In 2004 the cash-strapped state of California passed Proposition 71, allocating three billion dollars to finance the cloning of human embryos and their subsequent destruction through embryonic stem cell research. Support for this proposition was largely influenced by celebrities such as Brad Pitt, Nancy Reagan, and the late Christopher Reeve who reiterated the biotech industry’s promise that embryonic stem cell research will lead to cures for debilitating diseases and spinal cord injuries. Other celebrities such as Mel Gibson and Joni Eareckson Tada, herself a paraplegic, rightly responded that all who are concerned for the sanctity of human life must support a complete ban on the use of this technology.
First, while an embryo does not have a fully developed personality, it does have full personhood from the moment of conception. You did not come from an adolescent; you once were an adolescent. Likewise, you did not come from an embryo; you once were an embryo. All human beings are created in the image of God and endowed with the right to life, regardless of size, location, or level of dependency. Make no mistake about it, extracting stem cells from an embryo kills the embryo.
Furthermore, while we should sympathize with those who suffer from debilitating diseases and injuries, cures and therapies must be sought within appropriate moral boundaries. Killing human embryos in the search for cures is tantamount to subjecting one class of people to harmful experimentation for the sake of another. To do so violates the biblical injunction against murdering humans made in the image of God (Genesis 1:26-27; Genesis 9:5-6), as well as the Nuremberg Code compiled by the tribunal responsible for judging the Nazis after World War II.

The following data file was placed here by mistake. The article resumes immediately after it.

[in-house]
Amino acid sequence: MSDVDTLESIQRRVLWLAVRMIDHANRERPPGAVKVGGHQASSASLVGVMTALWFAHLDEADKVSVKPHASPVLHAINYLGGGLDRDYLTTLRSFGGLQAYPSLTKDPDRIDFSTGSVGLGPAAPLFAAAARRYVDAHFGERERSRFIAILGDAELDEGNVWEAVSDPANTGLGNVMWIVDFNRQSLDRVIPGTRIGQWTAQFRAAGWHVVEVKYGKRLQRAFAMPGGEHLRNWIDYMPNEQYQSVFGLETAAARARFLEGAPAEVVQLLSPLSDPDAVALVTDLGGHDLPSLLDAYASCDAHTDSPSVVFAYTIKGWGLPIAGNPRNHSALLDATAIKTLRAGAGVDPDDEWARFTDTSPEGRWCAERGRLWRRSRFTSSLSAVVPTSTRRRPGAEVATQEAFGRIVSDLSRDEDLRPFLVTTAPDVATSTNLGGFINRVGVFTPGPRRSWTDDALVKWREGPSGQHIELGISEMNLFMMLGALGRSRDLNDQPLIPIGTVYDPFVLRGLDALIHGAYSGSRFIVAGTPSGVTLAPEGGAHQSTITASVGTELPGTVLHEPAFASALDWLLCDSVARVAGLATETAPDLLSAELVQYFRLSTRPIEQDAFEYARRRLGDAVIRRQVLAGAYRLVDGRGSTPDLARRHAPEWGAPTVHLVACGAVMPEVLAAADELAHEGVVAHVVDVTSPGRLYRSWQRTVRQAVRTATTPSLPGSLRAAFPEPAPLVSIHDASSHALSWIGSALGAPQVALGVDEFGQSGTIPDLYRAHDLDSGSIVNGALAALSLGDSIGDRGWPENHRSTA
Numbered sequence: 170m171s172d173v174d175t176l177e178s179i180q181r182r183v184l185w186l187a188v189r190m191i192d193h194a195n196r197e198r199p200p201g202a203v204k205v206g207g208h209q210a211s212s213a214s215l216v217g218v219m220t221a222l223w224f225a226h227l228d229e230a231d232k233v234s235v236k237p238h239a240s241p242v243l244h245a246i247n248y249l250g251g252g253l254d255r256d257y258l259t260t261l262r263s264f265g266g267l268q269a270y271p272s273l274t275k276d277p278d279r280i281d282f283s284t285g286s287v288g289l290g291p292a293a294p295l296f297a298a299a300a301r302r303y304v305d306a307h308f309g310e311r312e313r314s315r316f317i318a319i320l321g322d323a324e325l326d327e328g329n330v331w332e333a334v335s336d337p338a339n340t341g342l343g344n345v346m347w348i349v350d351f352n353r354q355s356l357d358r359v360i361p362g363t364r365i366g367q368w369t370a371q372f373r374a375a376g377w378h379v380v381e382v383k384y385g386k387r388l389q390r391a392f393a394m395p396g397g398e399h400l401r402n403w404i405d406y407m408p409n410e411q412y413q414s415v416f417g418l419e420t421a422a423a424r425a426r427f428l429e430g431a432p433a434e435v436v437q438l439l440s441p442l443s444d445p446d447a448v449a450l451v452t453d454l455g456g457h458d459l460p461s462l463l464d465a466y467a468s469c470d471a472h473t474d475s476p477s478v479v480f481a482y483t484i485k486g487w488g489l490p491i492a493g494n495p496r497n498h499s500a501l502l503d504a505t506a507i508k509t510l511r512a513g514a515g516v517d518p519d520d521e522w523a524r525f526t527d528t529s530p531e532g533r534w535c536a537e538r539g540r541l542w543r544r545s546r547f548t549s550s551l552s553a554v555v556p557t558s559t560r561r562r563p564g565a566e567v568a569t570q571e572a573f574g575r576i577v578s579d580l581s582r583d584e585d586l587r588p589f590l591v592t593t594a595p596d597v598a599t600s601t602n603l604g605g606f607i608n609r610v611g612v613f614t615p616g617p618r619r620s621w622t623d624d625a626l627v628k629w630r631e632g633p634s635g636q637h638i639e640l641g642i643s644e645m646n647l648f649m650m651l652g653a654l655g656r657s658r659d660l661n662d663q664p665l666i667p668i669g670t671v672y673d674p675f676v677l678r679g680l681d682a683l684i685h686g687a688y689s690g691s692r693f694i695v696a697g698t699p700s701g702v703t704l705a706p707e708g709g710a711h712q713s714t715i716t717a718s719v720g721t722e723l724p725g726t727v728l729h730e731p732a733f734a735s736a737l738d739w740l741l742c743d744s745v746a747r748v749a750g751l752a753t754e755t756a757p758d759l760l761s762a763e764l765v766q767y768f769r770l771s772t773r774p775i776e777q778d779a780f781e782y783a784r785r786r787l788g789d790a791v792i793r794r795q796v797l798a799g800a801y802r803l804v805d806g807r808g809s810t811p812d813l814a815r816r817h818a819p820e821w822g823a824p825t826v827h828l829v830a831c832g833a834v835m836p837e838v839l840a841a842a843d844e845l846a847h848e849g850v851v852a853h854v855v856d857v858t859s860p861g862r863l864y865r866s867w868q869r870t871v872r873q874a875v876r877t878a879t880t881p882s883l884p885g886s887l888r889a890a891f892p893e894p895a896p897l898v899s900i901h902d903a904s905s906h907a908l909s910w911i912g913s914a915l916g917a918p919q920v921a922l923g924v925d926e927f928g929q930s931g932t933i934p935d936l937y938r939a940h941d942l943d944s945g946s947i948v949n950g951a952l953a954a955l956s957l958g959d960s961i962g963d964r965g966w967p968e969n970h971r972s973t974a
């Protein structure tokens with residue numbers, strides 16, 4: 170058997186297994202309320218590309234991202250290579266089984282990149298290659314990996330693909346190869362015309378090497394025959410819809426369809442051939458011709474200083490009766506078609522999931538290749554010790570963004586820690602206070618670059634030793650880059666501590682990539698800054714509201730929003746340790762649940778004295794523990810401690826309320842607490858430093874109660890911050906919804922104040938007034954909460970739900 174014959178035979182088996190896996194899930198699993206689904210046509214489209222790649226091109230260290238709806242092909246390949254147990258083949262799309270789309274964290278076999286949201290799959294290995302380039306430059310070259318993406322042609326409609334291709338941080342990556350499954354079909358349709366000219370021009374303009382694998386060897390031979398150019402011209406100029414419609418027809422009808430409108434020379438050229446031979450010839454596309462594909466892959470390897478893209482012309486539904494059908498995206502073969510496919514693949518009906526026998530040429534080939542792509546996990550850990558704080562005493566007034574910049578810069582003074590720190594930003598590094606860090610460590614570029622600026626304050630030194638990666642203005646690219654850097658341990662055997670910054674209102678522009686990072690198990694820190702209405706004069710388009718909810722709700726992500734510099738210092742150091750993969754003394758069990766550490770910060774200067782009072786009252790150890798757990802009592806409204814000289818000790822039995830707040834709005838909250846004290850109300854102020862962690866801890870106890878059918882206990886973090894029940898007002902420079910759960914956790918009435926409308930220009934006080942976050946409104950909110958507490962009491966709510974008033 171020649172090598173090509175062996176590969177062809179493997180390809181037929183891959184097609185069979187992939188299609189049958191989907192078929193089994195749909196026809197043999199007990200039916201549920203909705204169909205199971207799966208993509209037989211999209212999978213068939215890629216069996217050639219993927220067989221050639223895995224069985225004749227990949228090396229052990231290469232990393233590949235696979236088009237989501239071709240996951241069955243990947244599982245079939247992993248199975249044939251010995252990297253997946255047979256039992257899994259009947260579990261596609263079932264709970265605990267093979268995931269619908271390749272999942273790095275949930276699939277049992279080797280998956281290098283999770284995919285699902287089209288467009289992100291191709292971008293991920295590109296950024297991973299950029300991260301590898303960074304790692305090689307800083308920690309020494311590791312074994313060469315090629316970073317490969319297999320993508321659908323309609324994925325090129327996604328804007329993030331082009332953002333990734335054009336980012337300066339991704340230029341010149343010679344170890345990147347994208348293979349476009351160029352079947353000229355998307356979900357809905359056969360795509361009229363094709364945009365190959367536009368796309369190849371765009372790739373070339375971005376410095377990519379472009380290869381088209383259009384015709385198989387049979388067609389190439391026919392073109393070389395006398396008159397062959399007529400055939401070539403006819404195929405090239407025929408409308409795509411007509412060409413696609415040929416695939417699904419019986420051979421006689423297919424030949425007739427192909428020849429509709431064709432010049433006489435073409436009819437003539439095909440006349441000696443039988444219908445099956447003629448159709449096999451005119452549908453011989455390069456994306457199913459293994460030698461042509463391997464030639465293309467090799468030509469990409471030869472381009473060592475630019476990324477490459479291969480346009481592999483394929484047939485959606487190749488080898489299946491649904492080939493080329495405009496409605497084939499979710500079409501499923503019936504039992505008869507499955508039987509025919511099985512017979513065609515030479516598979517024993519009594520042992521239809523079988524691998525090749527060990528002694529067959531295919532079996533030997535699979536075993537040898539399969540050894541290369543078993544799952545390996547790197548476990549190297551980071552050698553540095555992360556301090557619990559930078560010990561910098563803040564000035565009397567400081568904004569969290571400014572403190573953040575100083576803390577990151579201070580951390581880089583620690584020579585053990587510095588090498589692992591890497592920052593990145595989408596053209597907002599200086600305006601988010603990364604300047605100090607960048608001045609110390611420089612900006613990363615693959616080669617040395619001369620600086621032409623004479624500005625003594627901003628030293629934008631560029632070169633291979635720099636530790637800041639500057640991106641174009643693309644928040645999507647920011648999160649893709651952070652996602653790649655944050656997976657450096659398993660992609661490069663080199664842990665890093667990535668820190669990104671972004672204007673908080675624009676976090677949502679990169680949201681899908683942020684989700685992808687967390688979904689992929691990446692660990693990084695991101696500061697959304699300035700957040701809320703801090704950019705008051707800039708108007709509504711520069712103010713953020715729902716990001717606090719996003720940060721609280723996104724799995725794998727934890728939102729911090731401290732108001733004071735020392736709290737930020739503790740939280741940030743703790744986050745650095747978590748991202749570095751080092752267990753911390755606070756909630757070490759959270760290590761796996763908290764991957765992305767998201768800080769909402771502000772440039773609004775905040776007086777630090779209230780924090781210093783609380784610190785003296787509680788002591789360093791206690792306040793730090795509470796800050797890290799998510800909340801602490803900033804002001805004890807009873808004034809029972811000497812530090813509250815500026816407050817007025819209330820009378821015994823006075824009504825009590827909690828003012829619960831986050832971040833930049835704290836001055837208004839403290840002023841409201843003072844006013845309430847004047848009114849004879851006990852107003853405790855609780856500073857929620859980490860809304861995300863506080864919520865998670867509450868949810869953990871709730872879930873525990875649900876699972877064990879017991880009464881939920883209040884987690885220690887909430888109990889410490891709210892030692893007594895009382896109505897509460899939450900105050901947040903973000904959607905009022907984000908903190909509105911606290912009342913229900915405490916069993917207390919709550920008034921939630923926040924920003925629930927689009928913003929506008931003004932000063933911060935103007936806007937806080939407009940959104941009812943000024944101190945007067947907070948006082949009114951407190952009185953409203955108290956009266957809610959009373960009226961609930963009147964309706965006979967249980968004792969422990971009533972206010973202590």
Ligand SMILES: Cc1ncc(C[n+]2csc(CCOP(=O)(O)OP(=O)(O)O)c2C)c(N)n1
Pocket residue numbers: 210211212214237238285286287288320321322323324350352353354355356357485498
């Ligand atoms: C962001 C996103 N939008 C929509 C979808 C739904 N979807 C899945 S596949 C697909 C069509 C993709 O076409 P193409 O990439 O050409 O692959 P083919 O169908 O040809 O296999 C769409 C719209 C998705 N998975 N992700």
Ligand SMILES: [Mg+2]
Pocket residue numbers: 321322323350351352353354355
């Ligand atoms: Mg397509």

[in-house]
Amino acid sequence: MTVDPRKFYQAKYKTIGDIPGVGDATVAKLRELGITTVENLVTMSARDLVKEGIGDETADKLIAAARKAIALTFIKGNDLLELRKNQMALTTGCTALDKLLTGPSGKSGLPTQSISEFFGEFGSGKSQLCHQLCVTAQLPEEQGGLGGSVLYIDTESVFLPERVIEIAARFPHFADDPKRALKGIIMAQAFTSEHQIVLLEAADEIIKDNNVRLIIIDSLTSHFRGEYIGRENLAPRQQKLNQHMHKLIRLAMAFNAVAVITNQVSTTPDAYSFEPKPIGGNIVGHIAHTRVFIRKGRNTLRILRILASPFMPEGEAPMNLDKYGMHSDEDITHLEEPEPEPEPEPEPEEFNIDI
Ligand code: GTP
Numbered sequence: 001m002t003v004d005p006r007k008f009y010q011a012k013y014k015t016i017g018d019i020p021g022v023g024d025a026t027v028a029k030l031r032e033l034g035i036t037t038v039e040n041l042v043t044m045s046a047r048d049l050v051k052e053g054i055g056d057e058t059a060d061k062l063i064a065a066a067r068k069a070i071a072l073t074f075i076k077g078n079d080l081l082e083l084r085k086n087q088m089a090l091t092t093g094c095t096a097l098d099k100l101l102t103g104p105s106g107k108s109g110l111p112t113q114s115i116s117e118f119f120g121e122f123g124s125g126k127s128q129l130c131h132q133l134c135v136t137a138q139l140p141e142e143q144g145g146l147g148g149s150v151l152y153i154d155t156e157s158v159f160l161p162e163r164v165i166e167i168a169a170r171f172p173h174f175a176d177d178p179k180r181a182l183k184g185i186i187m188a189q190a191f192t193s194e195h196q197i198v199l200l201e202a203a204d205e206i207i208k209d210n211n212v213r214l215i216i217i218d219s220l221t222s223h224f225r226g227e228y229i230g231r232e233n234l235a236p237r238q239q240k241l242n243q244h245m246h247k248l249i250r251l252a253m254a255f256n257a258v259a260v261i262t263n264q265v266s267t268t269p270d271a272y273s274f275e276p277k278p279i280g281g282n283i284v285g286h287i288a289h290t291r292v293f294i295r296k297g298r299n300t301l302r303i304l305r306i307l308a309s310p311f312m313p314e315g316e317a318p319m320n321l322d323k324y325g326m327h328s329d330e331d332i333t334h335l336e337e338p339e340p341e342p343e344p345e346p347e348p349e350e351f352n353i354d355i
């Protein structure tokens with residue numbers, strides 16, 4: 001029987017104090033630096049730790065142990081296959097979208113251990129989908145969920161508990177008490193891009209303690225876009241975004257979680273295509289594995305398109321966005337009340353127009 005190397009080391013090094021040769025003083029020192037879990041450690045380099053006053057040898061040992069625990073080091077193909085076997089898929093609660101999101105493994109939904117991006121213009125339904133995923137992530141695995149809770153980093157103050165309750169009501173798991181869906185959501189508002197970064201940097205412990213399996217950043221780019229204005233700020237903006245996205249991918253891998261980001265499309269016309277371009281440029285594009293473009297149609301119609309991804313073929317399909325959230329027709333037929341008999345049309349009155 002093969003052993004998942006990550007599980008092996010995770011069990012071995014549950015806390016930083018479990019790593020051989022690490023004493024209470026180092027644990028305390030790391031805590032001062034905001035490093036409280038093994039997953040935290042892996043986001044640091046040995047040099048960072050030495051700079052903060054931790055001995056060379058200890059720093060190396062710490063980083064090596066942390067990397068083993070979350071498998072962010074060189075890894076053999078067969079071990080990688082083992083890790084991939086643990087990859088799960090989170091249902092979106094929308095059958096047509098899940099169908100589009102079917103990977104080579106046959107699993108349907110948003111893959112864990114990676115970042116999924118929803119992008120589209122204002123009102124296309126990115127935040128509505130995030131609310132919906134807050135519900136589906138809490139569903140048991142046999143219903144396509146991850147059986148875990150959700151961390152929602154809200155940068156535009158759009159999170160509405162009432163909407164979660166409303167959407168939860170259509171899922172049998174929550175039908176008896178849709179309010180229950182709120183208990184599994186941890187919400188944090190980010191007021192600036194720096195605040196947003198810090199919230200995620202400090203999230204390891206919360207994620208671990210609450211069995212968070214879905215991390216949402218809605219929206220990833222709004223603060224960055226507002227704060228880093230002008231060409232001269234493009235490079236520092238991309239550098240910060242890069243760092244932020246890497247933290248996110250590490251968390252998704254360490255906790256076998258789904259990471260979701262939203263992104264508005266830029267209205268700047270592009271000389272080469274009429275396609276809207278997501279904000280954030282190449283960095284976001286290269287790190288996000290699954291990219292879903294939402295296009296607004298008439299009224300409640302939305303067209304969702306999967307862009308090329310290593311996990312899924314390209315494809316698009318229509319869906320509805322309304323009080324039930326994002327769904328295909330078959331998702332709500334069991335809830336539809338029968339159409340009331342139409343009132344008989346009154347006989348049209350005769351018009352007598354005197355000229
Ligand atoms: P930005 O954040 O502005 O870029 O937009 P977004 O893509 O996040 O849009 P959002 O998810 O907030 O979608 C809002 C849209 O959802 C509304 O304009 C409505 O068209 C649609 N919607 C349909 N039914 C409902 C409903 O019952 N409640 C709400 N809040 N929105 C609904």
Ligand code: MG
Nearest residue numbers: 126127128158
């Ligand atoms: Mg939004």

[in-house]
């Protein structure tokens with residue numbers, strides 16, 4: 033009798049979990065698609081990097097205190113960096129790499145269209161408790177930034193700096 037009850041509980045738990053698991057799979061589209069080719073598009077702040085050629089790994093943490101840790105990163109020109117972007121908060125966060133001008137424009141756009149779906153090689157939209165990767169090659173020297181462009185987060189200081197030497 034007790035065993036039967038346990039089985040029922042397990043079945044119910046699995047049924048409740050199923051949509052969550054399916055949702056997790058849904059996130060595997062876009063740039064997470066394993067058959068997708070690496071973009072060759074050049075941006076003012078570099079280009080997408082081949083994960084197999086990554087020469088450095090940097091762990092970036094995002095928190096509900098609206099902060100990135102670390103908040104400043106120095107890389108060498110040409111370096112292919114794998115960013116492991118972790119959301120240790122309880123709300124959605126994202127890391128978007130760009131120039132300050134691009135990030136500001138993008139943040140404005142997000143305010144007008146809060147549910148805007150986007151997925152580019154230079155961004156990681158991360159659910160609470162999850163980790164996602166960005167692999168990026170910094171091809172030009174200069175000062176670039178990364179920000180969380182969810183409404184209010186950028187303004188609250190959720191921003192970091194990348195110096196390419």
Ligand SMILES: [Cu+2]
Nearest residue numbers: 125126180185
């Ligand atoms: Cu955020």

Finally, in light of the promising results of adult stem cell research, state funding for the destruction of embryos is not only morally repugnant but fiscally irresponsible. Stem cells extracted from non-embryonic sources such as bone marrow, blood, brain cells, and baby teeth are similar to embryonic stem cells in their ability to grow into multiple types of tissues. While embryonic stem cells used in research have demonstrated a tendency to grow into tumors, adult stem cells have already shown success in human trials for treatment of multiple sclerosis, sickle cell anemia, stroke, Parkinson’s disease, and more. The frightening conclusion is that the fervor over embryonic stem cell research is more a pretext for human cloning than a context for responsible medical progress.
For further study, see Charles W. Colson and Nigel M. de S. Cameron, Human Dignity in the Biotech Century: A Christian Vision for Public Policy (Downers Grove, Ill.: InterVarsity Press, 2004).
“Rescue those being led away to death;
hold back those staggering toward slaughter.
If you say, ‘But we knew nothing about this,’
does not he who weighs the heart perceive it?
Does not he who guards your life know it?
Will he not repay each person according to what he has done?”